Due to an FCC regulation in effect at the time that stated that TV and radio stations in the same market, but with different owners had to have differing callsigns, the station's callsign was changed to WXFL on January 19, 1983, after WFLA-AM-FM were sold. At the time, Federal Communications Commission cross-ownership regulations forced Media General to sell the radio stations. Channel 8 reverted to its original WFLA-TV call letters on January 1, 1989; that same year, it surged to first place in the Tampa Bay ratings and has stayed there for most of that time, led by one of the most popular anchor teams in the country. WFLA and The Tampa Tribune remained corporate siblings until Media General sold the newspaper to Tampa Media Group Inc. in October 2012 as part of Media General's selloff of its newspaper holdings in a reorganization to alleviate the company's substantial debt load.. Despite the split, the two outlets have continued a newsgathering partnership and their operations remain located adjacent to one another at the downtown Tampa facility.
In January 2013, as a result of the sale, WFLA began outsourcing its digital operations and website to Worldnow, as part of a group deal with the company. Following the takeover of the company by the principal staff of LIN Media, Media General's stations, including WFLA, have since migrated to the WordPress.com-based platform and site design introduced by LIN, which in turn is now being replaced by Nexstar's own Lakana CMS platform. On August 20, 2014, Media General announced that it would acquire MyNetworkTV affiliate WTTA channel 38 from Sinclair Broadcast Group; the deal made WTTA a sister station to WFLA. On January 27, 2016, it was announced that what was known as the Nexstar Broadcasting Group would buy Media General for $4.6 billion. WFLA and WTTA became part of the newly-minted Nexstar Media Group on January 17, 2017; the station's digital signal is multiplexed: WFLA-TV carried NBC Weather Plus on digital subchannel 8.2 until 2008. The station replaced the Retro Television Network with MeTV on digital subchannel 8.2 on September 26, 2011, as part of a groupwide affiliation agreement with Media General.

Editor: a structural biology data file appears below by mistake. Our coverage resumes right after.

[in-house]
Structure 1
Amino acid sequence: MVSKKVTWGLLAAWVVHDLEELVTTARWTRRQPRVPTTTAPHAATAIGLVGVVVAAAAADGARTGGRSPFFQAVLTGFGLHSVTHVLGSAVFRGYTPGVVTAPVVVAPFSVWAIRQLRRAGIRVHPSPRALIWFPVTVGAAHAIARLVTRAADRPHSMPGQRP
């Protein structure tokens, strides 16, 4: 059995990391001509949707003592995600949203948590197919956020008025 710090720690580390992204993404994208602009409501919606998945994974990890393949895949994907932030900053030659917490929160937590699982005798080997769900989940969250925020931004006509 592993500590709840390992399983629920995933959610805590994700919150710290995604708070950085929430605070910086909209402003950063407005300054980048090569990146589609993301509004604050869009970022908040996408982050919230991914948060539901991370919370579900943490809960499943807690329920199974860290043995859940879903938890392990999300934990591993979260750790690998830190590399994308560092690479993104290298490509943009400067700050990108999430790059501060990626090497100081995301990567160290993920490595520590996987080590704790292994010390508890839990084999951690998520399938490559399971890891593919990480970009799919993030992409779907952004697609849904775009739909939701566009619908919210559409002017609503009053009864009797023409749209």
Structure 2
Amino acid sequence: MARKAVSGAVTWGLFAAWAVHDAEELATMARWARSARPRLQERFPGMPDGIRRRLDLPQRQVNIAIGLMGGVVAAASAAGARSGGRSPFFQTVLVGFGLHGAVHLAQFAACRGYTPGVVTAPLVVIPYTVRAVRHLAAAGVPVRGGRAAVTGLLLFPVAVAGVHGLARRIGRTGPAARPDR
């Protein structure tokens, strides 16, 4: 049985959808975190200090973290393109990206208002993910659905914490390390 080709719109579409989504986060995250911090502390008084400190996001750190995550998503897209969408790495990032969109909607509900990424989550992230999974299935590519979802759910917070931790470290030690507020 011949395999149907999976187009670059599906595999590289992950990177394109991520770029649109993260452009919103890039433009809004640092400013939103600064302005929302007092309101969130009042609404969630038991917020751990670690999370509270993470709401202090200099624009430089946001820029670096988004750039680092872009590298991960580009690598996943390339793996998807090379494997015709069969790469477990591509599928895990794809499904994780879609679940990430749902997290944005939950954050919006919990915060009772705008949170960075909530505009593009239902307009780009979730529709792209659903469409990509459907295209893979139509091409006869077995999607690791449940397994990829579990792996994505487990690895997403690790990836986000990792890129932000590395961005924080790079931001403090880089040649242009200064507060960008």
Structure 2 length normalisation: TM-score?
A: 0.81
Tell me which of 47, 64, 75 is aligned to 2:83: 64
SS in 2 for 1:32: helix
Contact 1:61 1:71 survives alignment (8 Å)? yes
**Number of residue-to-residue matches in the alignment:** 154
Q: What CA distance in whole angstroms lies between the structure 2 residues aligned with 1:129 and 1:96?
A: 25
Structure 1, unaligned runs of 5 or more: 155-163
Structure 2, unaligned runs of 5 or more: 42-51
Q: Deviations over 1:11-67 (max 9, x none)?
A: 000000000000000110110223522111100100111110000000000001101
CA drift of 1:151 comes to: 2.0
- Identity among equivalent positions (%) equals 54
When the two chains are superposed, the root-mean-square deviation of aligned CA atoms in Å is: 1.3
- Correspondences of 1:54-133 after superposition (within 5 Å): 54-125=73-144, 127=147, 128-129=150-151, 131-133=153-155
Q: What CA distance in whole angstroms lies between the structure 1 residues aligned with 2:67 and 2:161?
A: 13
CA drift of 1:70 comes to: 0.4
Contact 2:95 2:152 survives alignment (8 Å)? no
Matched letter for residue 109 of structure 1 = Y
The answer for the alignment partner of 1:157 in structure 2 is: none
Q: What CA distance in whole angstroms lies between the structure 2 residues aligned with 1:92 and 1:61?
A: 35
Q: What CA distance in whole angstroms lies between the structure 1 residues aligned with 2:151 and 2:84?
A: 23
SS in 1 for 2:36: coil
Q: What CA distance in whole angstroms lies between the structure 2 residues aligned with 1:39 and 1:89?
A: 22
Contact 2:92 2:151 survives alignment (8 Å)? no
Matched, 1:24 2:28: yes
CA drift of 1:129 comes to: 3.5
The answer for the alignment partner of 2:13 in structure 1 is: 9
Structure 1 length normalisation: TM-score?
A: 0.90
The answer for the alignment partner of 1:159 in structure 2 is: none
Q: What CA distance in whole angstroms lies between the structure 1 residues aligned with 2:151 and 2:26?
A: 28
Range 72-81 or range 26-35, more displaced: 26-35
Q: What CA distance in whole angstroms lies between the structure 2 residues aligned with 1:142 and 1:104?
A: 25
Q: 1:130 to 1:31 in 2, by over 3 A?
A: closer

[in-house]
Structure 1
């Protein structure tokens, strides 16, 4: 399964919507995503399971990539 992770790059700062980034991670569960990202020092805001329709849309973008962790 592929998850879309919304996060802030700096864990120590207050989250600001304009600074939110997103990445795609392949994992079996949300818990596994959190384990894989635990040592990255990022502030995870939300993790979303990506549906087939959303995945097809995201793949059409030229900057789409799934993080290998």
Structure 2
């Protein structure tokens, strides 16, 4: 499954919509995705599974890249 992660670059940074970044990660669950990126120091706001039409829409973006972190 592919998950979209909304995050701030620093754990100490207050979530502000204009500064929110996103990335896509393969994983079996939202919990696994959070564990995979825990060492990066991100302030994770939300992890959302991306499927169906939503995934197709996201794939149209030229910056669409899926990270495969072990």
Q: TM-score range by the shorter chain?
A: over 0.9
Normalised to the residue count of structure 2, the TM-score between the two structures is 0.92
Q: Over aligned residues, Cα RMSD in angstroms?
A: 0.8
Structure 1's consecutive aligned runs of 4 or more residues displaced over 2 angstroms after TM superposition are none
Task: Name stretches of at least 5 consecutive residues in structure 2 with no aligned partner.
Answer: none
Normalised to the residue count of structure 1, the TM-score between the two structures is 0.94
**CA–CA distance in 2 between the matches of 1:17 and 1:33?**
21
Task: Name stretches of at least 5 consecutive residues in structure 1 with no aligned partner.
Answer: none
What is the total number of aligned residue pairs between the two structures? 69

WFLA-TV shut down its analog signal, over VHF channel 8, on June 12, 2009, as part of the federally mandated transition from analog to digital television. The station's digital signal remained on its pre-transition VHF channel 7, using PSIP to display WFLA-TV's virtual channel as 8 on digital television receivers. Syndicated programming seen on WFLA-TV includes Rachael Ray, The Ellen DeGeneres Show, Extra. WFLA clears the entire NBC programming lineup, but it airs the fourth hour of Today at noon instead of the network's recommended 10:00 a.m. time slot, occupied by the local lifestyle program, Daytime. It does not air reruns of the CNBC show Mad Money during the late night/early morning hours, opting instead to give the show's time slot to syndicated programming. However, both of these are common practices among some of the stations affiliated or owned by NBC; the station produces Daytime, a lifestyle and entertainment program which airs weekday mornings at 10 a.m.. In 2003, WFLA and Daytime caused controversy after The New York Times reported of its "pay for play" practices.
The article revealed that businesses were charged several thousand dollars to appear on the show making their segments "paid segments". Many people saw this as payola, a practice, illegal under a Federal Communications Commission ruling. After much dispute, WFLA agreed to identify each paid segment as such to avoid an intervention from Congress. Original hosts Debra Schrills and Brian Fasulo left the show in 2005; the current hosts are former Hard Copy and Extra correspondent Jerry Penacoli. From 2008 to September 2011, the show aired nationally on the Retro Television Network as part of Media General's affiliation deal with the network, but was dropped by RTV when Media General switched most of its stations' subchannel affiliations to MeTV. National broadca